Hello my little ball boys and girls! Thank you so much for your comments on my last entry, and I want to start by responding to a few of them. First of all, thank you, "DCFoodie," welcome to my blog! "andy boy," I think your line-up does sound kind of awesome. I don't know exactly who was asked to participate this season, but we did get a great response back from the people asked. I think Andy said in the TV Guide cover story that about 90% of the chefs asked were able to participate. Unfortunately that leaves 10% who couldn't, for one reason or another -- some things are just out of our control! I think we can all agree, though, that this cast is pretty fantastic. Finally, transcripts of Eric's vlog are back by popular demand! So, "hard of hearing," and the other commenters who requested it, can rejoice!
Also, before I get to this week's challenges, I wanted to share a very memorable meal I had this week. I finally ate at Dan Barber's Blue HIll NYC this past weekend, and let me tell you, it's as good as you've heard! My former editors got me a gift certificate to the farm-to-table heaven last Christmas, and I only just used it! I participated in the tasting menu, called the Farmers' Feast, and every course was fresh and satisfying. Unlike some other tasting menus, I didnt' feel sickeningly full by the end, which was nice. The service was impeccable and one bottle of wine was paced perfectly through the meal by our dorky, yet adorable server.
OK, now, onto this week's episode, in which the chefs first had to compete in a very difficult Quickfire Challenge -- they had to create stuffing for Chef Tony Montuano ... without chefs' tools! Now, we've done something sorta similar once where we took away the chefs' electricity. This time, they had electiricty, but no tools. I honestly don't know which one is harder -- I"m thinking this one because the chefs didn't even have knives this time around! Some of them were more resourceful than others, like Fabio using a shelf to grate his cheese (ew?), but in the end Chef Montuano was satisfied with the overrall result. Anthony Bourdain has the funniest comment about Fabio's resourcefulness in his blog, so you should probably read that. Tre won with his Southwestern take on the traditional dish, and althoguh I can't eat food that's too spicy, I really wanted to try this. The three bottom dishes, offered by Casey, Carla, and Tiffani just weren't stuffings. Oops!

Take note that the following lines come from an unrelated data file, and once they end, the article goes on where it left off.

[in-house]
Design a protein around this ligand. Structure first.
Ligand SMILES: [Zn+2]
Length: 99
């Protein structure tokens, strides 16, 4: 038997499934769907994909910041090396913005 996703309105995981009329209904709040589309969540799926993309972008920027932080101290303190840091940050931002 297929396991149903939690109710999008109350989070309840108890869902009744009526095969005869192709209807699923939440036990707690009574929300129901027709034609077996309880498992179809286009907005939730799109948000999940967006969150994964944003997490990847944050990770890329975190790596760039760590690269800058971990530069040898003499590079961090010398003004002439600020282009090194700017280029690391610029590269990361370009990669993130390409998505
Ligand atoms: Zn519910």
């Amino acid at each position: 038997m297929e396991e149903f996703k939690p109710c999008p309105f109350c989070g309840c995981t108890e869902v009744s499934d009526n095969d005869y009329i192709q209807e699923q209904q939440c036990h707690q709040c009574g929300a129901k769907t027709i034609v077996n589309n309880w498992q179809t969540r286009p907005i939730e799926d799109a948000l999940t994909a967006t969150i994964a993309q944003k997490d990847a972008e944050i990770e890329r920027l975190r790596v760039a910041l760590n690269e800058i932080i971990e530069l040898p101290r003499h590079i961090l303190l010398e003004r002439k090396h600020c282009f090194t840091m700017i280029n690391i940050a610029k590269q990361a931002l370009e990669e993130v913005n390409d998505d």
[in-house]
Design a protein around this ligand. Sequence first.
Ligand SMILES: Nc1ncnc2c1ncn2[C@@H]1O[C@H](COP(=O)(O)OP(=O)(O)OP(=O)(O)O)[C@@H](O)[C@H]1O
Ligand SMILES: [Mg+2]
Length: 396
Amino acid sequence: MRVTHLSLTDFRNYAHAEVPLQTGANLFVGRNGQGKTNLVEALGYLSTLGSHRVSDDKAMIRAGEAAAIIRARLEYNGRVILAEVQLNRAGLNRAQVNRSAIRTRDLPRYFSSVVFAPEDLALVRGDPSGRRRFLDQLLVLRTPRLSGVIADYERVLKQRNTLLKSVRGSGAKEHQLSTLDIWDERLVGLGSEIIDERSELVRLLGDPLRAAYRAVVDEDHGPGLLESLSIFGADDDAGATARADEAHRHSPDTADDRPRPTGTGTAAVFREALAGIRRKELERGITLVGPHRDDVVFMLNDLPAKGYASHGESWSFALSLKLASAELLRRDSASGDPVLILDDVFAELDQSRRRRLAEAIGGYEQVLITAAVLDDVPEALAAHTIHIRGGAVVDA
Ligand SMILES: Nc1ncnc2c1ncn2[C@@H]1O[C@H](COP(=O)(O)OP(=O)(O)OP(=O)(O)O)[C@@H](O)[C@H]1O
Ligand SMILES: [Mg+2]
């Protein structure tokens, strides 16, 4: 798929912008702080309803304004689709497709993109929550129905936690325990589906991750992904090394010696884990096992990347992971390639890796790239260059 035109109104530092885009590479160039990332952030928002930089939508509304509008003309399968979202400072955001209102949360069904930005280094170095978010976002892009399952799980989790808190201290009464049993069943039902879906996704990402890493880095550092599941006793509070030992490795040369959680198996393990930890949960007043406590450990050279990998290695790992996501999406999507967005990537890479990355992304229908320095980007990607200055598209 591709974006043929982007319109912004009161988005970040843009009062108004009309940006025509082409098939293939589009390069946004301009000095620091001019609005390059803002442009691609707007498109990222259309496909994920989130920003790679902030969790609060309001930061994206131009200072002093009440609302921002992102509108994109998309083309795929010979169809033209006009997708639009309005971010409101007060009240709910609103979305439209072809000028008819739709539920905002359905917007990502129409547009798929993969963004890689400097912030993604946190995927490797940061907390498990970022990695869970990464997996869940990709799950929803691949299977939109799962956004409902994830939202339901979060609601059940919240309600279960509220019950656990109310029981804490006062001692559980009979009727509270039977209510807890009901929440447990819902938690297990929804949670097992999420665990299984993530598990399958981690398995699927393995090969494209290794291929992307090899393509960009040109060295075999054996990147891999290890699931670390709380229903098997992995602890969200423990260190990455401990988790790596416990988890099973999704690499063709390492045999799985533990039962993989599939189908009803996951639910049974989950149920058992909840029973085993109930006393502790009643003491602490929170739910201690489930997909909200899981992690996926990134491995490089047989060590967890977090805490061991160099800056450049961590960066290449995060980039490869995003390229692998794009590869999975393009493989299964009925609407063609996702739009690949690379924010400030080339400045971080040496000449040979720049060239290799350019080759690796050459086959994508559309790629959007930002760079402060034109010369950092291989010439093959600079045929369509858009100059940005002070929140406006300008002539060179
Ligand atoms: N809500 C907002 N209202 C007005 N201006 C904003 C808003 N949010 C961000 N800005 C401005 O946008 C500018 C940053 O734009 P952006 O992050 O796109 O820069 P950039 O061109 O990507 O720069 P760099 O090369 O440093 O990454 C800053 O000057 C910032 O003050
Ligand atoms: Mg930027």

Onto the Elimiation Challenge, where the chefs participated in a challenge inspired by the only sport I am any good at -- tennis! Yes, that's right -- the chefs had to create dishes for the athletes particpating in the U.S. Open. And as a total aside, how cute were the top chef tennis ball cans the Elves created? I wonder where those end up. I'll have to find out, and get back to you guys!
Spike's team actually had a strategy, and that was to put their worst dish out first, so that the other team would "waste" their best dish. There was just no way this was going to work out. And then to tell Tom the plan from the beginning so that he already knows the first dish is the "the worst?" What were they thinking?! Anyway, Jamie sort of put a wrench in the whole strategy and ultimately doesn't present a dish at all. Eric Ripert has some choice words about Jamie, and although I don't know if I agree with all of it, when we were filming his vlog, I literally lost it. I was laughing so hard I started crying because I don't know that I've ever seen him get so fired up -- except about this. Basically, Spike's whole team falls apart, not knowing who to send out when, and although they had a couple wins, in the end, they lose. They should've prepared for good food at every course. You can't hide a weak link.